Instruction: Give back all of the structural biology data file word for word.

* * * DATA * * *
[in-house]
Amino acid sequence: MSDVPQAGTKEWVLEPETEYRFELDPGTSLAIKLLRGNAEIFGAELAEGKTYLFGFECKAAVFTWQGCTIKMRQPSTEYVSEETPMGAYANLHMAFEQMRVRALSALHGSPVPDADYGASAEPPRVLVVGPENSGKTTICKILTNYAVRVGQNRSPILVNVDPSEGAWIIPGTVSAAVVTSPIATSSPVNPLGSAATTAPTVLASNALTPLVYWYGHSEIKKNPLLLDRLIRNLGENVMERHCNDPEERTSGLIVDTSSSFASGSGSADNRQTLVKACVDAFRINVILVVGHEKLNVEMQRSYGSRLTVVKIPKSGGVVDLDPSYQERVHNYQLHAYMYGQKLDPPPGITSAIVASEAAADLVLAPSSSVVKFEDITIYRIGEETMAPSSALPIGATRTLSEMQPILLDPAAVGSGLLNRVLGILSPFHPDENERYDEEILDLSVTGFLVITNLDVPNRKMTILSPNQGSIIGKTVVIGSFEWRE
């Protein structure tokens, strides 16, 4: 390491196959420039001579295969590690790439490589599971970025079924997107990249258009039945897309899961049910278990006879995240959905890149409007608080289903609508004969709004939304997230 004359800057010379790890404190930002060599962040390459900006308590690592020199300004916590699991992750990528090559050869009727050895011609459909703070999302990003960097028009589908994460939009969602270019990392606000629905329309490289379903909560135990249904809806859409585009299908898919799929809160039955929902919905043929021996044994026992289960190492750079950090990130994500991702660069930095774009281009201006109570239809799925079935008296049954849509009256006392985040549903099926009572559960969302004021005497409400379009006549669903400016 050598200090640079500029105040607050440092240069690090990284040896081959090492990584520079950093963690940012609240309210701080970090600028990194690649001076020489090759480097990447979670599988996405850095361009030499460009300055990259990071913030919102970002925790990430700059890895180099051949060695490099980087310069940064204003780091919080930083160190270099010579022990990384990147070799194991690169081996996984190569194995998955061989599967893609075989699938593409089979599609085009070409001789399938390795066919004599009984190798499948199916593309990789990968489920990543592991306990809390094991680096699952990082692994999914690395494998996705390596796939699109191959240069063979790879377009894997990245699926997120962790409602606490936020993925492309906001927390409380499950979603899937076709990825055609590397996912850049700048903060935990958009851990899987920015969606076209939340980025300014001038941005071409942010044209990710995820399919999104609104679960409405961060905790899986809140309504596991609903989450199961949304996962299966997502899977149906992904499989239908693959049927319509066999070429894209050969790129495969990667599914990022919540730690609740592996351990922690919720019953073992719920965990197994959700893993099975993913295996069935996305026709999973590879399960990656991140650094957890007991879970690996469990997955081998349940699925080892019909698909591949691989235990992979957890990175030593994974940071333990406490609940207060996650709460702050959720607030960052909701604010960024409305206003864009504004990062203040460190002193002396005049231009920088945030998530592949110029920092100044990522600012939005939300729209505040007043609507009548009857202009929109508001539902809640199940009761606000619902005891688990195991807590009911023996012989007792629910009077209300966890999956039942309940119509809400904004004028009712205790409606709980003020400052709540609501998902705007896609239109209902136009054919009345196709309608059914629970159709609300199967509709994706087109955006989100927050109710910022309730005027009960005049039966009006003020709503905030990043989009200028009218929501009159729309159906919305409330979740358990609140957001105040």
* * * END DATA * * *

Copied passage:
[in-house]
Amino acid sequence: MSDVPQAGTKEWVLEPETEYRFELDPGTSLAIKLLRGNAEIFGAELAEGKTYLFGFECKAAVFTWQGCTIKMRQPSTEYVSEETPMGAYANLHMAFEQMRVRALSALHGSPVPDADYGASAEPPRVLVVGPENSGKTTICKILTNYAVRVGQNRSPILVNVDPSEGAWIIPGTVSAAVVTSPIATSSPVNPLGSAATTAPTVLASNALTPLVYWYGHSEIKKNPLLLDRLIRNLGENVMERHCNDPEERTSGLIVDTSSSFASGSGSADNRQTLVKACVDAFRINVILVVGHEKLNVEMQRSYGSRLTVVKIPKSGGVVDLDPSYQERVHNYQLHAYMYGQKLDPPPGITSAIVASEAAADLVLAPSSSVVKFEDITIYRIGEETMAPSSALPIGATRTLSEMQPILLDPAAVGSGLLNRVLGILSPFHPDENERYDEEILDLSVTGFLVITNLDVPNRKMTILSPNQGSIIGKTVVIGSFEWRE
């Protein structure tokens, strides 16, 4: 390491196959420039001579295969590690790439490589599971970025079924997107990249258009039945897309899961049910278990006879995240959905890149409007608080289903609508004969709004939304997230 004359800057010379790890404190930002060599962040390459900006308590690592020199300004916590699991992750990528090559050869009727050895011609459909703070999302990003960097028009589908994460939009969602270019990392606000629905329309490289379903909560135990249904809806859409585009299908898919799929809160039955929902919905043929021996044994026992289960190492750079950090990130994500991702660069930095774009281009201006109570239809799925079935008296049954849509009256006392985040549903099926009572559960969302004021005497409400379009006549669903400016 050598200090640079500029105040607050440092240069690090990284040896081959090492990584520079950093963690940012609240309210701080970090600028990194690649001076020489090759480097990447979670599988996405850095361009030499460009300055990259990071913030919102970002925790990430700059890895180099051949060695490099980087310069940064204003780091919080930083160190270099010579022990990384990147070799194991690169081996996984190569194995998955061989599967893609075989699938593409089979599609085009070409001789399938390795066919004599009984190798499948199916593309990789990968489920990543592991306990809390094991680096699952990082692994999914690395494998996705390596796939699109191959240069063979790879377009894997990245699926997120962790409602606490936020993925492309906001927390409380499950979603899937076709990825055609590397996912850049700048903060935990958009851990899987920015969606076209939340980025300014001038941005071409942010044209990710995820399919999104609104679960409405961060905790899986809140309504596991609903989450199961949304996962299966997502899977149906992904499989239908693959049927319509066999070429894209050969790129495969990667599914990022919540730690609740592996351990922690919720019953073992719920965990197994959700893993099975993913295996069935996305026709999973590879399960990656991140650094957890007991879970690996469990997955081998349940699925080892019909698909591949691989235990992979957890990175030593994974940071333990406490609940207060996650709460702050959720607030960052909701604010960024409305206003864009504004990062203040460190002193002396005049231009920088945030998530592949110029920092100044990522600012939005939300729209505040007043609507009548009857202009929109508001539902809640199940009761606000619902005891688990195991807590009911023996012989007792629910009077209300966890999956039942309940119509809400904004004028009712205790409606709980003020400052709540609501998902705007896609239109209902136009054919009345196709309608059914629970159709609300199967509709994706087109955006989100927050109710910022309730005027009960005049039966009006003020709503905030990043989009200028009218929501009159729309159906919305409330979740358990609140957001105040």